Daniel reflects on the similarities of Texas firearms instructors, when they were passing what they refer to as Constitutional Carry, or permitless carry. “All these instructors came out and said, ‘No, we need training. We have to train people, they can’t just carry a gun. That’s crazy, there’ll be blood in the streets.’ He notes that in every state that’s done this, we haven’t seen that happen yet.

2:43 So how did he start? Was he just out, selling them?

Dave says, “I think it was a shift in the way the market was thinking about silencers. Before that, it was kind of an elite club. There were very few in circulation, really, in the grand scheme of things. And it was going from that to mass market, and I think we were on the leading edge of that change — making this more accessible to the average person.”

Daniel agrees, continuing with, “And there was also something else happening right around that time frame that I credit a lot to SilencerCo — their ‘Suppressors are Legal’ campaign that they were doing around then. And it was such a powerful thing. You guys, making it easy, and SilencerCo explaining the legalities of it with a lot of their marketing messaging, and there was just a lot of good stuff going on.”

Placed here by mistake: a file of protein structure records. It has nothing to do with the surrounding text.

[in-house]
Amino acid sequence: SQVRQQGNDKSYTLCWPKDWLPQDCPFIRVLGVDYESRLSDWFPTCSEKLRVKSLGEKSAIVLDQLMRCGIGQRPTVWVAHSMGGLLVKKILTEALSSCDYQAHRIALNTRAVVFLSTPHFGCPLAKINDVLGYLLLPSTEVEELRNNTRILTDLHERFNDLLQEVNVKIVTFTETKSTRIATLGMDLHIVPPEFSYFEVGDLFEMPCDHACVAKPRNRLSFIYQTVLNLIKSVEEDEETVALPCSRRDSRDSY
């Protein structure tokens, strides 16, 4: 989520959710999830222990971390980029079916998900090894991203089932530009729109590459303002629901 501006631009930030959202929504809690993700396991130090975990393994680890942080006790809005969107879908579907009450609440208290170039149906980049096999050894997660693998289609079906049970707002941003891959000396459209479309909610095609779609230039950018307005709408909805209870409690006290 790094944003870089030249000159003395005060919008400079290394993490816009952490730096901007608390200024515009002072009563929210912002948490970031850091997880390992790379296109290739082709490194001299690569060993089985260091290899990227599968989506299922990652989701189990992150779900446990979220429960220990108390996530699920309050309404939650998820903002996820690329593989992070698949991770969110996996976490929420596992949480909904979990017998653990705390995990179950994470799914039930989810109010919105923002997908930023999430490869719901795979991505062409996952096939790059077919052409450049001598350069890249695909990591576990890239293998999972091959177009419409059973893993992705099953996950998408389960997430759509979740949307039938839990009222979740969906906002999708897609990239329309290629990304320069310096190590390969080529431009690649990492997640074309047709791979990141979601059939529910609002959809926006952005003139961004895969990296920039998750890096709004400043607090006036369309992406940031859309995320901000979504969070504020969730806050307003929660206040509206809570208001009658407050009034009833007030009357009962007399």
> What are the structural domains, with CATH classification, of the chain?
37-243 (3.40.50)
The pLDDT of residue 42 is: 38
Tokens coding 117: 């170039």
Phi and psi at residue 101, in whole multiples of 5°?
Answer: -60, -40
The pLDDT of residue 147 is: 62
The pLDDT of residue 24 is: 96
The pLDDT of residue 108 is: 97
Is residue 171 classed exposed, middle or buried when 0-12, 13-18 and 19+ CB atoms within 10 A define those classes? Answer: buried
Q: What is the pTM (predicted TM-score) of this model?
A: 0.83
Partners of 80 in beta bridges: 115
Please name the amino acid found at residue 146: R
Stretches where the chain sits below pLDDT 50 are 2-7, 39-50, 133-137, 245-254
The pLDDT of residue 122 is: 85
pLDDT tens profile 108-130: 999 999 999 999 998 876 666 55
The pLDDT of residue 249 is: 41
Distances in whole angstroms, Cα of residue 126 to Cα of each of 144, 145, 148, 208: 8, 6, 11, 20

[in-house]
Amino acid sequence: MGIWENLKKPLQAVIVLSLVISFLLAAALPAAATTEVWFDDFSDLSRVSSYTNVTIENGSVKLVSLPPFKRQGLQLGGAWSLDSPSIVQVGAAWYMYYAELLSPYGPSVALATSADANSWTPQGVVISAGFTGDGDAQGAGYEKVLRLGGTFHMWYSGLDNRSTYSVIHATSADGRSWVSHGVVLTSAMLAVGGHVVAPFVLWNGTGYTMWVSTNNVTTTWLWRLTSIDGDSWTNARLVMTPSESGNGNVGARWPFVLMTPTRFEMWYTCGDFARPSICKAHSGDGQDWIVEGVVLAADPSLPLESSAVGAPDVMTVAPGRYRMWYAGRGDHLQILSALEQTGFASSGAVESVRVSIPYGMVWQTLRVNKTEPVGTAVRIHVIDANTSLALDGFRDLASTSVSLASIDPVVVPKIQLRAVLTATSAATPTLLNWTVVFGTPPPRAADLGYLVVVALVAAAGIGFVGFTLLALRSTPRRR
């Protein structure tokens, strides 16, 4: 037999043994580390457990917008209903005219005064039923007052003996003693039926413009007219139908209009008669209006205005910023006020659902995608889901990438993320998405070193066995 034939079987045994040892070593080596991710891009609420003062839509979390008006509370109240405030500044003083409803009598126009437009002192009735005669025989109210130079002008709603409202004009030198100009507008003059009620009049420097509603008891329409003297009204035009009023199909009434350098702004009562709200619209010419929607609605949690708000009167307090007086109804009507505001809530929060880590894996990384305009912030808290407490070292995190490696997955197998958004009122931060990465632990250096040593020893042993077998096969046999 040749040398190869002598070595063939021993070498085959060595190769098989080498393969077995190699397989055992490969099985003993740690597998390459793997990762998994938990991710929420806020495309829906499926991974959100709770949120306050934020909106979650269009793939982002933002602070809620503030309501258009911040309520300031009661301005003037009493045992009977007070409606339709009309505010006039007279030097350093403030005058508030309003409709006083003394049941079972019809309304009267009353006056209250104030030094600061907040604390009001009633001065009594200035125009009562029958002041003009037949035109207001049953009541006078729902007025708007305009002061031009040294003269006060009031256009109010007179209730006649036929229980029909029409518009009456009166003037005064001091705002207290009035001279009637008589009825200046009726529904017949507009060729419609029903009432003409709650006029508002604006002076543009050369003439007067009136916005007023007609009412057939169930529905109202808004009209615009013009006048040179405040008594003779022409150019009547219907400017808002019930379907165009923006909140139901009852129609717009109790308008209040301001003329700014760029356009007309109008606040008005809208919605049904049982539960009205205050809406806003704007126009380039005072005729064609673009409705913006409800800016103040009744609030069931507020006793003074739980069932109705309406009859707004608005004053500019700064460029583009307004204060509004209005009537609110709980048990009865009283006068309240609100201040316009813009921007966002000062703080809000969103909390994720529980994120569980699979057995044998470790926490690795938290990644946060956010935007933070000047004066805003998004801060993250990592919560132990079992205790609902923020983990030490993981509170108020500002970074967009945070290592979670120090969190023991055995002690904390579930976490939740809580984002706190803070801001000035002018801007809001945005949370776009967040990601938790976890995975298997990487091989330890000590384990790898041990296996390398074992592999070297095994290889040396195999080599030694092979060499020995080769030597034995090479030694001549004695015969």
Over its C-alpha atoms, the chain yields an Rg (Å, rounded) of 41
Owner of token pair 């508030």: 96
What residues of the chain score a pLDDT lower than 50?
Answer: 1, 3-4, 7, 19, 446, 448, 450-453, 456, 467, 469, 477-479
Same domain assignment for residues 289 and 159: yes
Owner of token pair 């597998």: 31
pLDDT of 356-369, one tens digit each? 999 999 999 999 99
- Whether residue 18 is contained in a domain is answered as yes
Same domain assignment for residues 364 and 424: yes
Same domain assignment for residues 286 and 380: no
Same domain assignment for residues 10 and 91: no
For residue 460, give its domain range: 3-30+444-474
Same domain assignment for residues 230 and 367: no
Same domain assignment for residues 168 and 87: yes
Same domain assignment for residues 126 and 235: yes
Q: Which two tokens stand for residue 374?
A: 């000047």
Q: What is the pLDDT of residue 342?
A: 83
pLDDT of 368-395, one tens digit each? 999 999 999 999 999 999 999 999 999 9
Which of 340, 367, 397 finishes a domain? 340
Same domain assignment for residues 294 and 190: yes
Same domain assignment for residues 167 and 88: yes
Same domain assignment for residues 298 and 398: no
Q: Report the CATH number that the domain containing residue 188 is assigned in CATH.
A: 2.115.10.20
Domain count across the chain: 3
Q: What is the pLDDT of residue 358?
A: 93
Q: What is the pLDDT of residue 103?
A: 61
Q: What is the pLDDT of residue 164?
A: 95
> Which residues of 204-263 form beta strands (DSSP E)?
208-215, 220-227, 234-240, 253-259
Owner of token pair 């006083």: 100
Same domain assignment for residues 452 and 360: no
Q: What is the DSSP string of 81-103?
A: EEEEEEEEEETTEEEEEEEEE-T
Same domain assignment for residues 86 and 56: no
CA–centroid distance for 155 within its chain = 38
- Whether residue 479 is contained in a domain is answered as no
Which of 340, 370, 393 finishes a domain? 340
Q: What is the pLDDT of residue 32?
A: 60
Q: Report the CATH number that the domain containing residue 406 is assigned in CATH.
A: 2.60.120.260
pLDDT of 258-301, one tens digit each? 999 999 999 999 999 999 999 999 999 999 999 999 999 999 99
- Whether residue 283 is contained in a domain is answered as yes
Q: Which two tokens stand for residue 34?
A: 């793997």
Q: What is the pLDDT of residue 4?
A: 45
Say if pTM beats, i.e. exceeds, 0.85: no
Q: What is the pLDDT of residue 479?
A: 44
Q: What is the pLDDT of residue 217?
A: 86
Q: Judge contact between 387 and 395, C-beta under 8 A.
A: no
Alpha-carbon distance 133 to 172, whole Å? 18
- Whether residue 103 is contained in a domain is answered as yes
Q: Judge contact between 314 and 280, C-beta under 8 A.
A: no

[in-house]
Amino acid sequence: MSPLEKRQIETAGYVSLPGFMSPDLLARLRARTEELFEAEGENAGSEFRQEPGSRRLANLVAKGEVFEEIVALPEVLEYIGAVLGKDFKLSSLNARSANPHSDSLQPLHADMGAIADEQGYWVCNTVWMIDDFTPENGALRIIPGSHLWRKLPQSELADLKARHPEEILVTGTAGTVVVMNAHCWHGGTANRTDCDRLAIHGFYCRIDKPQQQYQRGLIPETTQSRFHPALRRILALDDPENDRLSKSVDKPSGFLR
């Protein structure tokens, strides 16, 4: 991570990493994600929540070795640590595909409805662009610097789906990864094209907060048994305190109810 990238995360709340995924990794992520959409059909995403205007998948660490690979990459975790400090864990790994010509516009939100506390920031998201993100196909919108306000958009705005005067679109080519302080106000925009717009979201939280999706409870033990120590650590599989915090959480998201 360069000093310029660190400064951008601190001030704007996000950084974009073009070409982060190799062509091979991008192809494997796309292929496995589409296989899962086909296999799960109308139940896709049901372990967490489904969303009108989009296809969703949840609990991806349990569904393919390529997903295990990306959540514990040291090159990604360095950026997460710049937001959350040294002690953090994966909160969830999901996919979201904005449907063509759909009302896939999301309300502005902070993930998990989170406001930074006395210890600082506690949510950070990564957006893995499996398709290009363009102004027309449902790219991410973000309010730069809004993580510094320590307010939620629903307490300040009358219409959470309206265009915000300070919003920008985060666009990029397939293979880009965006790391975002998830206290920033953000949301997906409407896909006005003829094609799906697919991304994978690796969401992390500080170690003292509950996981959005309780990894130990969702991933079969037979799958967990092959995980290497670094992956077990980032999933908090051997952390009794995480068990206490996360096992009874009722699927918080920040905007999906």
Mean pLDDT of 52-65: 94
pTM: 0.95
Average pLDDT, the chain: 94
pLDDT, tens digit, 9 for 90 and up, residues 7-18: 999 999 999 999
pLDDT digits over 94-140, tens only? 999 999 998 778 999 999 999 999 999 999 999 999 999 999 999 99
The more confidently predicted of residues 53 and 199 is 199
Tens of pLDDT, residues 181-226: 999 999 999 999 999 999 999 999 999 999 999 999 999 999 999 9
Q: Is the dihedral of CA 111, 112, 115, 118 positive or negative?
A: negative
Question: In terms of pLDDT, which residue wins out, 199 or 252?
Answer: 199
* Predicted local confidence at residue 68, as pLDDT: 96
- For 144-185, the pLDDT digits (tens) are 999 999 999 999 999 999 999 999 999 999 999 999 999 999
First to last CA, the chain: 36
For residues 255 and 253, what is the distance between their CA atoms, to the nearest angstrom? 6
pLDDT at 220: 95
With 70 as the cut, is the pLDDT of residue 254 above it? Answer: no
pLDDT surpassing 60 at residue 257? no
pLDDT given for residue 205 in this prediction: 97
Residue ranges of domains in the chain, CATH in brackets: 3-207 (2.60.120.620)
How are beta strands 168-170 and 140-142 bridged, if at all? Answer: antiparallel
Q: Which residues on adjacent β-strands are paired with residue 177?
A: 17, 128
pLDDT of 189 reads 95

Dave remembers that, saying, “It was, like, 2010 to 2012. A lot was changing and SilencerCo’s message was a big piece of that. Making it easy, accessible, they had good products.”

3:58 What do you think really made this switch?

Dave thinks what really happened was that inflation caught up with the $200 tax, which was set in 1934. That, combined with the advancement of the internet, “where now people can kind of see that it was available… the market was really taking off and around 2008-1012. it kind of hit a point where all of a sudden it just exploded.”